I want to frame this piece before we proceed. This is not a piece to persuade anyone to see things my way or from my perspective. This post is about education.
On Monday, the new Secretary of Education, Betsy DeVos, made a statement that perfectly illustrated the disconnect with historical events that significantly impacted black people in our country. The exciting notation to add is that Betsy DeVos is not an educator and lacks formal education based on research and application.
DeVos presented a severely flawed statement, completely misrepresenting facts about African-Americans in our country and the role of HBCU’s play. HBCUs are attended by African-Americans overwhelmingly.
DeVos’ statement called historically black colleges and universities (HBCUs) “real pioneers when it comes to school choice,” this is after President Donald Trump held a meeting with several HBCU leaders on Monday. Though the discussion was billed as an hour-long listening session, the listening session lasted 15 minutes, before the participants were brought into a photo op.
To claim HBCU’s have been a choice for education scoffs at hundreds of years of torture, rape, assault, brainwashing and murder called slavery. It avoids the discussion about what happened to African-Americans attempting to attain an education, both during and following slavery.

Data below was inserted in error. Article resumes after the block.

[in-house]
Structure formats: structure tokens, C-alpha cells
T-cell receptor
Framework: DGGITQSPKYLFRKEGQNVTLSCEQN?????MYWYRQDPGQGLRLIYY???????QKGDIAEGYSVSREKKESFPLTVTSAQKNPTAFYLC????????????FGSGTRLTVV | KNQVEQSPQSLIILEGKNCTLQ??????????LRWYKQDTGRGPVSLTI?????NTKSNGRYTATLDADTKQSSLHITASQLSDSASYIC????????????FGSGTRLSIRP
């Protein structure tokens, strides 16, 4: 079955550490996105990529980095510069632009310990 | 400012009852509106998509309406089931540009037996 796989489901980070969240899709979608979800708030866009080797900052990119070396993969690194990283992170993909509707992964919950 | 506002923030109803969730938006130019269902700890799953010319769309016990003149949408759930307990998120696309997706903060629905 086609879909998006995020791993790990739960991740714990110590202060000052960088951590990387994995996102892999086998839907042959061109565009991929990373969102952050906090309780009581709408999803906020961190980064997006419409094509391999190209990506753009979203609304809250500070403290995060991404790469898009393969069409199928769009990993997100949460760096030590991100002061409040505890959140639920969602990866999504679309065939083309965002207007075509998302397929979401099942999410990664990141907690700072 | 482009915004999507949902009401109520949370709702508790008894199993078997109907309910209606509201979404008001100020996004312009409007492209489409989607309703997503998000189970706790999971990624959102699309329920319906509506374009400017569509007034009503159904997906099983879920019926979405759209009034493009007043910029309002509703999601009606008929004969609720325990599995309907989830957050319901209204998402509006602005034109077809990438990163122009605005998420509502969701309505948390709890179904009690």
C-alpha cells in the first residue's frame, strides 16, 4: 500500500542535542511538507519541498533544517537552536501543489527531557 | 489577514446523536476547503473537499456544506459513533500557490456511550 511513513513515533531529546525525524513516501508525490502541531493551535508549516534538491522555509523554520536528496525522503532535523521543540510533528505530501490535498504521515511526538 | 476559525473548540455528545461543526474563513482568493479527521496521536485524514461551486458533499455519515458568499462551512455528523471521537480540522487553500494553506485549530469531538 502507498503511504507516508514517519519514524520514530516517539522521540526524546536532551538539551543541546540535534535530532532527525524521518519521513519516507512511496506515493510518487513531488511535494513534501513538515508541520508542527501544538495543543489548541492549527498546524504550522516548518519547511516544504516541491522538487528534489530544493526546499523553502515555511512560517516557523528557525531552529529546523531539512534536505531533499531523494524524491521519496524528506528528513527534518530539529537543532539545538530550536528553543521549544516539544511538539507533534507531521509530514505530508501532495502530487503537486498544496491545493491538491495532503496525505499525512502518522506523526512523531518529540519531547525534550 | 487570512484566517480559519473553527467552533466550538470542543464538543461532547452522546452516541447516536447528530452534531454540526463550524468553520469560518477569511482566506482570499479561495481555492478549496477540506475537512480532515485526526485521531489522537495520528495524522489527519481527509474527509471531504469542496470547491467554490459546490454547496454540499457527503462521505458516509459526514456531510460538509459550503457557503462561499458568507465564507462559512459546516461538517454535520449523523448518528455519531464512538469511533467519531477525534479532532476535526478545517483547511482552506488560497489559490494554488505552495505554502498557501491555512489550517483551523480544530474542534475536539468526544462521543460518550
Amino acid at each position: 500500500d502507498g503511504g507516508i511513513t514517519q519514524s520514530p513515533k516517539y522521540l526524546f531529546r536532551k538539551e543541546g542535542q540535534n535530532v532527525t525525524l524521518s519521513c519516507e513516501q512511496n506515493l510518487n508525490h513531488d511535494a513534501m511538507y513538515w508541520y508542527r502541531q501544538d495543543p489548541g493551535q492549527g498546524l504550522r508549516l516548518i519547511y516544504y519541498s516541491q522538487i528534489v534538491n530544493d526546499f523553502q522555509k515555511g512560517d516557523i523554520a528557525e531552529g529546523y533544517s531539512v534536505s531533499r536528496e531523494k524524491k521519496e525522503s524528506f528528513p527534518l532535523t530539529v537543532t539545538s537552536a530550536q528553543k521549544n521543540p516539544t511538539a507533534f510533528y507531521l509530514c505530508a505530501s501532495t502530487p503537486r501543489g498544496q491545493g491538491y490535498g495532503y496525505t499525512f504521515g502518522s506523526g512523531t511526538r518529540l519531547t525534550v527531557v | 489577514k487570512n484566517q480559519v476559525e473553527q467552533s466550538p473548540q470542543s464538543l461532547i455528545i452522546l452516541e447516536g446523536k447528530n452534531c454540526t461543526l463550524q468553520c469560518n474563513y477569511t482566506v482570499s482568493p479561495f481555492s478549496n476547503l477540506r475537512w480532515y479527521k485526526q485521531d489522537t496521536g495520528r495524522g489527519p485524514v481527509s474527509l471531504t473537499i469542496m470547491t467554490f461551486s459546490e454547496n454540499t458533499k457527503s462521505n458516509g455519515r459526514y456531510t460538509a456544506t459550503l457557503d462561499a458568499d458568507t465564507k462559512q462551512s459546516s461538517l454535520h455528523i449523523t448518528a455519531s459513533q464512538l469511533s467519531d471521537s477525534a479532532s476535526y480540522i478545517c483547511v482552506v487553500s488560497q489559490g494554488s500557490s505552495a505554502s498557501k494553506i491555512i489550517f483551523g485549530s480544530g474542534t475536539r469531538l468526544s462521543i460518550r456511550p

DeVos forgot to mention during slavery that it was a punishable offense if a slave taught themselves or if they had been taught to read. DeVos forgot, or maybe she did not know that slaves could have their tongues cut out of their mouths for trying to sound smart.
DeVos forgot to mention that following the abolition of slavery that most American institutions did not welcome African-Americans and/or did not protect them from persecution. Thus the land was allocated and resources were gathered to provide a safe learning space for African-American students.
If we continue down this path, segregation from educational institutions, water fountains, housing, bus seating, restaurant seating and even libraries were a standard, not a choice.
African-American students were provided outdated books, books with missing pages, tattered pages and vandalized buildings for attempting to attain an education.
The choice Mrs. DeVos speaks of was not much of a choice. It was the only safe and viable option to attain an education. As a result, parents had to protect their children from pursuing education physically; the national guard was called in to protect young men and women from attack for their choice to attain an education.
Mrs. Devos was not wholly wrong; because of the choices people like my grandmothers, grandfathers, and great grandparents, individuals like myself were able to choose to attend two HBCU’s, Hampton University and Texas Southern University.
To reference facts listed throughout this post, Click Here.
The Library of Congress also provides a history Click Here.
Click Here to read more at ABC News.